This article was published in Australian Dictionary of Biography, Volume 2, (MUP), 1967
Joseph Phelps Robinson (1815?-1848), banker and landowner, was a Quaker who arrived in Sydney in the steamship Cornubia in June 1842 as a partner of Benjamin Boyd and resident manager of the Royal Bank of Australia. With Boyd he set up an office at Church Hill and soon acquired land at Eden and many large runs in the Monaro. In 1843 banking business took Robinson to Port Phillip, where he became a keen supporter of the separation movement and was elected to represent Melbourne in the New South Wales Legislative Council in 1844-48. Opponents called him the 'member for Boyd' but conceded his unusual ability.
In Sydney Robinson joined the Australian Club, and in the Legislative Council he advocated that each session should be opened with prayer. His concern for savings bank and mechanics' institutes, his service on the select committee on education and later as treasurer of the National School Society, and his placing of the Cornubia at the disposal of the Sydney Bethel Union, all helped to win him the title of 'Humanity Robinson'. He was also zealous in presenting claims for roads, bridges and other improvements in Melbourne, and as treasurer of the Pastoralists' Association he gave evidence to the select committee on land grievances. On his own account Robinson imported and exported goods and in 1844 acquired depasturing licences for the runs of Yarrowick in the New England district and Clifton on the Darling Downs, thereby escaping bankruptcy when Boyd and the Royal Bank crashed. In 1846 he gave sheep to H.M.S. Bramble during her visit to Brisbane and bullocks to Ludwig Leichhardt's ill-fated expedition. Aged 33 he died of scarlet fever on 13 August 1848 at his cottage, Clee Villa, on the north shore of Sydney Harbour.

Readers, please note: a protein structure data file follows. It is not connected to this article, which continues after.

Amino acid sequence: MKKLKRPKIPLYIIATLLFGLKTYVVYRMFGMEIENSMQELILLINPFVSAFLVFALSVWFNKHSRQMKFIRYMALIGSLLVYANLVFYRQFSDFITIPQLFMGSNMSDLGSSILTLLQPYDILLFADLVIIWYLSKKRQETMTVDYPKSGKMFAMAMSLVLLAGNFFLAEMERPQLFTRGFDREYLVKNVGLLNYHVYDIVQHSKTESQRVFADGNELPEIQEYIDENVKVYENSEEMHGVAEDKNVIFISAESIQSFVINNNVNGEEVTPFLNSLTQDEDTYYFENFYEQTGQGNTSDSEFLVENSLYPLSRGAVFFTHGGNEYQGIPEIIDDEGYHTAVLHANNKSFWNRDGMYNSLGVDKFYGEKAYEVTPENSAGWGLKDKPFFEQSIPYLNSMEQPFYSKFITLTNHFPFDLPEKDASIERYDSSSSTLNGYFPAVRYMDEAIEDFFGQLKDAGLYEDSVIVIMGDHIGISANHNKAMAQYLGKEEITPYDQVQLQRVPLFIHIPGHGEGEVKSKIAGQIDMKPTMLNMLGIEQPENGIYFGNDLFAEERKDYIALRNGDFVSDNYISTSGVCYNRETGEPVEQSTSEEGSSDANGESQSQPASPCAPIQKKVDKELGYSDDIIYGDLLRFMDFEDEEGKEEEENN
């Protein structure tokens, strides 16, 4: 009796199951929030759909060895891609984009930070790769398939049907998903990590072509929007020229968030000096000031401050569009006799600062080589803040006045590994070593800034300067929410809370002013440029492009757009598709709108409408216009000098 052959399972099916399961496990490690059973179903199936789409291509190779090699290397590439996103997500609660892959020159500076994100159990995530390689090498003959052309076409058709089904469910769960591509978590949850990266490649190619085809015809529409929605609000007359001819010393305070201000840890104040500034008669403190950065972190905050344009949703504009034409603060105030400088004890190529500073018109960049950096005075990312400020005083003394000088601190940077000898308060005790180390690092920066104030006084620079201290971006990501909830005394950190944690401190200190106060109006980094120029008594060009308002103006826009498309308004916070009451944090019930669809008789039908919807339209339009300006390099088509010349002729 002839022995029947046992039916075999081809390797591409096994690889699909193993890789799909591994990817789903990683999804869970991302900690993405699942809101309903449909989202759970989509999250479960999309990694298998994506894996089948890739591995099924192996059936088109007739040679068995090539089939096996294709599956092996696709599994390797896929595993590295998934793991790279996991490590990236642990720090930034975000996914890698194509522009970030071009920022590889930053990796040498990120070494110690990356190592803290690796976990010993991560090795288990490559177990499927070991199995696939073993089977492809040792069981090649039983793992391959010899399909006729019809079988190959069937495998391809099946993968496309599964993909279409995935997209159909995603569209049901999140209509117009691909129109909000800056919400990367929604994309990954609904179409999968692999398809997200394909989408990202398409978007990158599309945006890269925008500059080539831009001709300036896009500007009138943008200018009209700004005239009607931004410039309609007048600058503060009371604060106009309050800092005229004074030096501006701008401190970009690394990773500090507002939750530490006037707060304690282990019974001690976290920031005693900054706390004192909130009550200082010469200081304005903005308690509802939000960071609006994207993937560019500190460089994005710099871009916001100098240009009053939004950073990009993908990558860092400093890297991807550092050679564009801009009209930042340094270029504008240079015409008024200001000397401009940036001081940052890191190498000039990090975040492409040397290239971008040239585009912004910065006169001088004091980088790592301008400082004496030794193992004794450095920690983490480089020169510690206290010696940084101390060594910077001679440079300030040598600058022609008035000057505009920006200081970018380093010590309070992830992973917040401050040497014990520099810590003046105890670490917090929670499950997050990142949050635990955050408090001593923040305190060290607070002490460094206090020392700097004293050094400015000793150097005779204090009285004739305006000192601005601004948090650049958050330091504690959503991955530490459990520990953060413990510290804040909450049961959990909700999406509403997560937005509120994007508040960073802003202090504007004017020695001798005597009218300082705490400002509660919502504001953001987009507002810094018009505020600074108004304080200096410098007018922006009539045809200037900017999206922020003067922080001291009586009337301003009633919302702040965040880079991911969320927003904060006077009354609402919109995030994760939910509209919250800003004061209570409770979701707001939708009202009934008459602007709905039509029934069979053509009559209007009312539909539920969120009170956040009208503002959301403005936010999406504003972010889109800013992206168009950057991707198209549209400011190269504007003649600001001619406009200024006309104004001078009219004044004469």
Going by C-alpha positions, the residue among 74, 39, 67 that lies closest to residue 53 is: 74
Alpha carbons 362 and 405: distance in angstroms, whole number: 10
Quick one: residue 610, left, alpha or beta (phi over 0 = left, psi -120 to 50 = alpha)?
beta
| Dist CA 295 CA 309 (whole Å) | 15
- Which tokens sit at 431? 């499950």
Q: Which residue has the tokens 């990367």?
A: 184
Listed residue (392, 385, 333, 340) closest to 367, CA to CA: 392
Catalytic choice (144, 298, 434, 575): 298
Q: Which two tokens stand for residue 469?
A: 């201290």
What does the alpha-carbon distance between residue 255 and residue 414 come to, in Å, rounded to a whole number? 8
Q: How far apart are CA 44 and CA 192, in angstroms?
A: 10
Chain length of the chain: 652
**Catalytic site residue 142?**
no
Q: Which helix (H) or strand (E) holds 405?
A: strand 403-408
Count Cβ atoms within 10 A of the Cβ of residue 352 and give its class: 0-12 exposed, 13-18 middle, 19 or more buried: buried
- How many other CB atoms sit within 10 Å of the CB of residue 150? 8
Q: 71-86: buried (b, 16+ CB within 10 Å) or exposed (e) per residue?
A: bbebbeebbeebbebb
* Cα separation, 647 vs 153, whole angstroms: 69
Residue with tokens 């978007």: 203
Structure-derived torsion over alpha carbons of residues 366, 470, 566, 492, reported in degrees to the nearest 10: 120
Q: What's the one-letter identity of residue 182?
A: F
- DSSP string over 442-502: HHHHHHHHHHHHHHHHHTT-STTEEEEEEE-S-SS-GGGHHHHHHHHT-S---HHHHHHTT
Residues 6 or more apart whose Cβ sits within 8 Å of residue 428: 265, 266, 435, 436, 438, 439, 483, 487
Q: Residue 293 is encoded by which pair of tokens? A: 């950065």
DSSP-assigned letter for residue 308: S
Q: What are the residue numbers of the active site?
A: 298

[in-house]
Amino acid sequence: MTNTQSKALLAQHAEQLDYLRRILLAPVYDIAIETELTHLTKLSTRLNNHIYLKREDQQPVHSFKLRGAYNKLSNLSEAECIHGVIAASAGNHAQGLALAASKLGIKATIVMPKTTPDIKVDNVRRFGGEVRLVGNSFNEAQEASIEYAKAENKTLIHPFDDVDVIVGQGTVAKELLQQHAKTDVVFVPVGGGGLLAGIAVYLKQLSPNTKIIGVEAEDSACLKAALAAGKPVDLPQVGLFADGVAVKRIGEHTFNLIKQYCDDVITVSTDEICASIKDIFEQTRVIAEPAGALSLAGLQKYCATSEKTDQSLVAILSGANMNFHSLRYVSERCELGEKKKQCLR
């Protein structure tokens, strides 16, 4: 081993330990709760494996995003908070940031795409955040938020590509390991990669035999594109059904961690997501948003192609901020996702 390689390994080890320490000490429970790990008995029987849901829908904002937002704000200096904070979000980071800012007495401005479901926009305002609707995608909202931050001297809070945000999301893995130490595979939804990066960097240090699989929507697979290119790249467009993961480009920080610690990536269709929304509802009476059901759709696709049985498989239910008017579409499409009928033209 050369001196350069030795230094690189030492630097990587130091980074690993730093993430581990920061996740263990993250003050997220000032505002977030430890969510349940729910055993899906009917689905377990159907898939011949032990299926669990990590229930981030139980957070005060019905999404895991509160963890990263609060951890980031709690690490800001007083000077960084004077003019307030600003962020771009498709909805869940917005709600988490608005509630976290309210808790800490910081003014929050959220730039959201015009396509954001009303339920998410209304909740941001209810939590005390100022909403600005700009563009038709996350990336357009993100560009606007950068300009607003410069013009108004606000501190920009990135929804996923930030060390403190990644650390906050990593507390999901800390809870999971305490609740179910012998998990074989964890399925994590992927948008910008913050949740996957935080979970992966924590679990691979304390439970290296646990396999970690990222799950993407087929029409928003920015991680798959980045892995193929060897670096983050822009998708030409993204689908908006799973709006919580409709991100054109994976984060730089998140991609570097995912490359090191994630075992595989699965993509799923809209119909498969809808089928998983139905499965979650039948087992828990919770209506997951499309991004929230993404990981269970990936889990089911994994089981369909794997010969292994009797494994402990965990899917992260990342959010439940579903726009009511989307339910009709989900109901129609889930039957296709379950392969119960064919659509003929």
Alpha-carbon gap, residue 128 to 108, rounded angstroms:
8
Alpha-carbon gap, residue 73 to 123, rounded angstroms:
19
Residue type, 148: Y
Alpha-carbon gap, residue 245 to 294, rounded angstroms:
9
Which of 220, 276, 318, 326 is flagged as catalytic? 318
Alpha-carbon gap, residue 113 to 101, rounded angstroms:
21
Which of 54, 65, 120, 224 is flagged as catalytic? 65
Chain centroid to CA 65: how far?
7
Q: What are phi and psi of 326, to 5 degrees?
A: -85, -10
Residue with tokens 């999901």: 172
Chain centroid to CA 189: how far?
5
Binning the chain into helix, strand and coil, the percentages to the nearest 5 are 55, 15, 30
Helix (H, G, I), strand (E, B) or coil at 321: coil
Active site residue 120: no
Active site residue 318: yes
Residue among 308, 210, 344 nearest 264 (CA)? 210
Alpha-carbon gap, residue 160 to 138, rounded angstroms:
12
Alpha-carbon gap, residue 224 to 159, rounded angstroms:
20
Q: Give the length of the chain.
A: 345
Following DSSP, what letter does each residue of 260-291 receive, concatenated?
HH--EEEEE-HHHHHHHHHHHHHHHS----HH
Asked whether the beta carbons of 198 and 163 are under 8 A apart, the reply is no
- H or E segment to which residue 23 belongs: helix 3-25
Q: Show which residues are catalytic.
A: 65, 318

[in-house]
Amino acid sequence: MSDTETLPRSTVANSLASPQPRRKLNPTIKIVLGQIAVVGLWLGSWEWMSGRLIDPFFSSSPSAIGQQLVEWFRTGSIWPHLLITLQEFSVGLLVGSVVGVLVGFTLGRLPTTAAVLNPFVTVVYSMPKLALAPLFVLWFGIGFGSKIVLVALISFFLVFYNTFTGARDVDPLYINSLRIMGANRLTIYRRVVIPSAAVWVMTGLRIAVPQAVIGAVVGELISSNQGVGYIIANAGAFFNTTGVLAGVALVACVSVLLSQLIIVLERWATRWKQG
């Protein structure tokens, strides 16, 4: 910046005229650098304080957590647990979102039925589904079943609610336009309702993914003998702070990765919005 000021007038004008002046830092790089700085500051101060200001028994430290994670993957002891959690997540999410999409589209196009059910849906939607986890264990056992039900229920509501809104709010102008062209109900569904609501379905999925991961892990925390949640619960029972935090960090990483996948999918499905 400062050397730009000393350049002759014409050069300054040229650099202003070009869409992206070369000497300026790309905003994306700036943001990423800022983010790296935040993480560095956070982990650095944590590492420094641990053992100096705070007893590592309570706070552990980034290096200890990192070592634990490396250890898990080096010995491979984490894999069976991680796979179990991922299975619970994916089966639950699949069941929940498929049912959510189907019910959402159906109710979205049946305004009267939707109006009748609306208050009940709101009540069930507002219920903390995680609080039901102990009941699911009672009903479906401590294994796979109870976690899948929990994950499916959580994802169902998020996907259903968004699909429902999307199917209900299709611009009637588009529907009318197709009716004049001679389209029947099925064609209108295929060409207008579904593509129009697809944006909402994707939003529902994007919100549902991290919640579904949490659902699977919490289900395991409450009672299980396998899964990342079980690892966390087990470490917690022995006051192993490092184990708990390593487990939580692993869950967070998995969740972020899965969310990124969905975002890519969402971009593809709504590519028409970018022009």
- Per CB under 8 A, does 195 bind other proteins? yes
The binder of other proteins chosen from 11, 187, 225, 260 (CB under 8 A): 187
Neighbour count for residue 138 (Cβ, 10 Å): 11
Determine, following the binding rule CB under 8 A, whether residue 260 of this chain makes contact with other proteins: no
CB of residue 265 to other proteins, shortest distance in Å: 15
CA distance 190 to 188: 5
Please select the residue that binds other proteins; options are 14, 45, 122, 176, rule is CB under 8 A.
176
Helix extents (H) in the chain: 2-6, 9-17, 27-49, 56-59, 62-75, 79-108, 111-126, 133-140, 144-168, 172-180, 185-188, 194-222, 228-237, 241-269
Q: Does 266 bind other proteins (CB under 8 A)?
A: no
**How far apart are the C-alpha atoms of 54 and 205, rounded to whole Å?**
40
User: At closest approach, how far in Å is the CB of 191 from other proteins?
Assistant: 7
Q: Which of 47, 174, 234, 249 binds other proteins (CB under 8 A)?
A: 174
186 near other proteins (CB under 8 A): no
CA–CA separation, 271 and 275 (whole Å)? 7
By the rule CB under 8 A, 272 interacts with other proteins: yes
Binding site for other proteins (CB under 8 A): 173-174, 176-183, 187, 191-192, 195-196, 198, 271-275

'Robinson, Joseph Phelps (1815–1848)', Australian Dictionary of Biography, National Centre of Biography, Australian National University, http://adb.anu.edu.au/biography/robinson-joseph-phelps-2597/text3567, published first in hardcopy 1967, accessed online 29 January 2015.
This article was first published in hardcopy in Australian Dictionary of Biography, Volume 2, (MUP), 1967